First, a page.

The MySQL Workbench Team Blog says, Time To Upgrade – MySQL Workbench 5.1 Is Here on Win, Mac & Linux. Perty pictures follow.

Oracle

H. Tonguç Yilmaz asserted, Instrumented Code is Better: An Example on How to Generate Session Level ASH Reports. ” After 10g if you have its license ASH based performance monitoring is an alternative to the traditional SQL Tracing in my opinion. You may either use EM to generate ASH reports or directly query ASH dictionary. The handy additional hint here is that you can set filters to ASH data in order to focus on a specific session, the filter options at ASH report screen at EM can be used for this purpose or below is an example to monitor the waits from v$active_session_history view.”

Doug Burns responded with his item on session-level ASH reports: “I think [Tonguç's] post is really showing two different things, one more successfully than the other.”

Randolf Geist reports a Dynamic sampling and set current_schema anomaly: “If I’m now supposed to analyse a rather complex SQL with dozens of table and/or view references I like to use the ALTER SESSION SET CURRENT_SCHEMA command . . .  This basically works just fine, but I recently have come across an interesting anomaly in 10.2.0.4: If the optimizer uses dynamic sampling as part of the parsing then it doesn’t do so anymore if the CURRENT_SCHEMA has been altered to a non-default schema.”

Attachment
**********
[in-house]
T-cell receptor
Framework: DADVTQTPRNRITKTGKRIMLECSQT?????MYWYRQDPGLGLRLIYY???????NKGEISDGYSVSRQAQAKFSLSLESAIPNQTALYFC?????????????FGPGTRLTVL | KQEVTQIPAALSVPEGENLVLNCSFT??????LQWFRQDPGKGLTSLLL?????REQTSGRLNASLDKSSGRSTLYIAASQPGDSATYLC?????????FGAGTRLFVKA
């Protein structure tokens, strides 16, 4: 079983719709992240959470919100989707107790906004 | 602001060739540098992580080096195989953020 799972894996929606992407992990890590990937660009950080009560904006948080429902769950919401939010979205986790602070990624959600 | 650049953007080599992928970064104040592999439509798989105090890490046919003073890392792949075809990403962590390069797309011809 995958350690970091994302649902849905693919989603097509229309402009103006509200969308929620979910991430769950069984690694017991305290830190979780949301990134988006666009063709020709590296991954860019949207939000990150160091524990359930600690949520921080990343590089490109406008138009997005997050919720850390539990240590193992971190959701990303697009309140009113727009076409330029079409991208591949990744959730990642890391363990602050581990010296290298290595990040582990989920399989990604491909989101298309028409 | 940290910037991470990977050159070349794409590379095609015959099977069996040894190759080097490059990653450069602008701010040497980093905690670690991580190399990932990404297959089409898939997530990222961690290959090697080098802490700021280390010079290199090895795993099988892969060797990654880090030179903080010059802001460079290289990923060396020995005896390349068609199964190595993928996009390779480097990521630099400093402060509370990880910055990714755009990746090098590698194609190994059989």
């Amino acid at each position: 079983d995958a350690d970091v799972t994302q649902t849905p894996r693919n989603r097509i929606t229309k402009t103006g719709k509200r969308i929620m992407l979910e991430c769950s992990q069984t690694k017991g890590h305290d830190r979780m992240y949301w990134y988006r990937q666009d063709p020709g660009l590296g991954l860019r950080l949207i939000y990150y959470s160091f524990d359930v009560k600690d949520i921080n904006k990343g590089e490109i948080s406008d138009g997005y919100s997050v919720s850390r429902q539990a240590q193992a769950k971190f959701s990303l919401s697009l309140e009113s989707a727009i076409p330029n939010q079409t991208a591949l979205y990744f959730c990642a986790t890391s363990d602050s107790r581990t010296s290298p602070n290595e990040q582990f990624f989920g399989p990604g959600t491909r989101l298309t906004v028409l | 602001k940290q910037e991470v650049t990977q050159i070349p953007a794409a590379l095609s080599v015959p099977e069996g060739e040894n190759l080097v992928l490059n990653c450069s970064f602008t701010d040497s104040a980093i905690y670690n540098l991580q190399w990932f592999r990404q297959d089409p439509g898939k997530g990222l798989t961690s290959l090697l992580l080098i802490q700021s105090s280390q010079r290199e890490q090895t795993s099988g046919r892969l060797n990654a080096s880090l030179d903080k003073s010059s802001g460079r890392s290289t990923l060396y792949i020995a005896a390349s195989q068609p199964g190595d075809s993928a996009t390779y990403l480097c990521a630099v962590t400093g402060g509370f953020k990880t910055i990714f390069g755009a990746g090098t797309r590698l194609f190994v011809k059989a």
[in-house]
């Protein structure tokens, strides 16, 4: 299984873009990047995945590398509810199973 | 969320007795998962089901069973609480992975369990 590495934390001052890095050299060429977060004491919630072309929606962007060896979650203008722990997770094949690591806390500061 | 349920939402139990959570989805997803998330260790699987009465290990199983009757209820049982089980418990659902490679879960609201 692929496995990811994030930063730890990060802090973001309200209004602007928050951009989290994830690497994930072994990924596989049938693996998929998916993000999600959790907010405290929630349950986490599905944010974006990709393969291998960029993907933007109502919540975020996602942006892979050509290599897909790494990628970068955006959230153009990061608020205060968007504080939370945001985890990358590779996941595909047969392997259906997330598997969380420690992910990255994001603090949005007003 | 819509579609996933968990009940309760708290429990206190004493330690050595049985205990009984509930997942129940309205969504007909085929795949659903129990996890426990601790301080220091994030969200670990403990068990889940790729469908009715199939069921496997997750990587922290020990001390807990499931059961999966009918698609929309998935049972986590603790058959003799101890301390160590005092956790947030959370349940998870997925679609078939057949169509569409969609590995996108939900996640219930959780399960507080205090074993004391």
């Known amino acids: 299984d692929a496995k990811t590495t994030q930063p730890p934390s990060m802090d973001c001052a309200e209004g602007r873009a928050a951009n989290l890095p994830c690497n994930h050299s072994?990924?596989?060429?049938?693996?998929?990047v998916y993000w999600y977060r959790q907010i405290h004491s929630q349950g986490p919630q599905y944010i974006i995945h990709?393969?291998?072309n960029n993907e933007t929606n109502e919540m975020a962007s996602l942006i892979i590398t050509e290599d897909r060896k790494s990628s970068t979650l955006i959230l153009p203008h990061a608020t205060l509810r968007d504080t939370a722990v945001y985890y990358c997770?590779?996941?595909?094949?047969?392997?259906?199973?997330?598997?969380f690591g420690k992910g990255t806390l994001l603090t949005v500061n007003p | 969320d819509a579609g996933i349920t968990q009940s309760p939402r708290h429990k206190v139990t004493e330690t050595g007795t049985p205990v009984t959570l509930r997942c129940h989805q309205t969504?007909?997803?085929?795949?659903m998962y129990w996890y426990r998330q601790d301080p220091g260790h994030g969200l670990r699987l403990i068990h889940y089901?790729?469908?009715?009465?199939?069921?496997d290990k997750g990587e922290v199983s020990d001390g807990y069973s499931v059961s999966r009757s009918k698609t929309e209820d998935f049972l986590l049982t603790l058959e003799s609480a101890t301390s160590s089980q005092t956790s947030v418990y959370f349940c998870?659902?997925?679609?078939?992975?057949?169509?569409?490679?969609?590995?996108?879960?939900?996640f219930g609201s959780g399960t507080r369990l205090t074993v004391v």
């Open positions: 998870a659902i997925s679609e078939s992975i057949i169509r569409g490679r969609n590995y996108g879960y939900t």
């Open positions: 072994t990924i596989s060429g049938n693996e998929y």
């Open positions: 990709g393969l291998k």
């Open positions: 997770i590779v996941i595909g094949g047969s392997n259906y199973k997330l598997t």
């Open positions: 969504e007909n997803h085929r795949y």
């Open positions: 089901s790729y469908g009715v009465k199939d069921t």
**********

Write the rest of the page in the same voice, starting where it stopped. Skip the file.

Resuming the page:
On the Oramoss Blog, Jeff Moss looks at the case of no pruning for MIN/MAX of partition key column: “Recently, I wanted to work out the maximum value of a column on a partitioned table. The column I wanted the maximum value for, happened to be the (single and only) partition key column. The table in question was range partitioned on this single key column, into monthly partitions for 2009, with data in all the partitions behind the current date, i.e. January through mid June were populated. There were no indexes on the table.” Jeff and his readers examine the evidence and discuss some workarounds to the problem.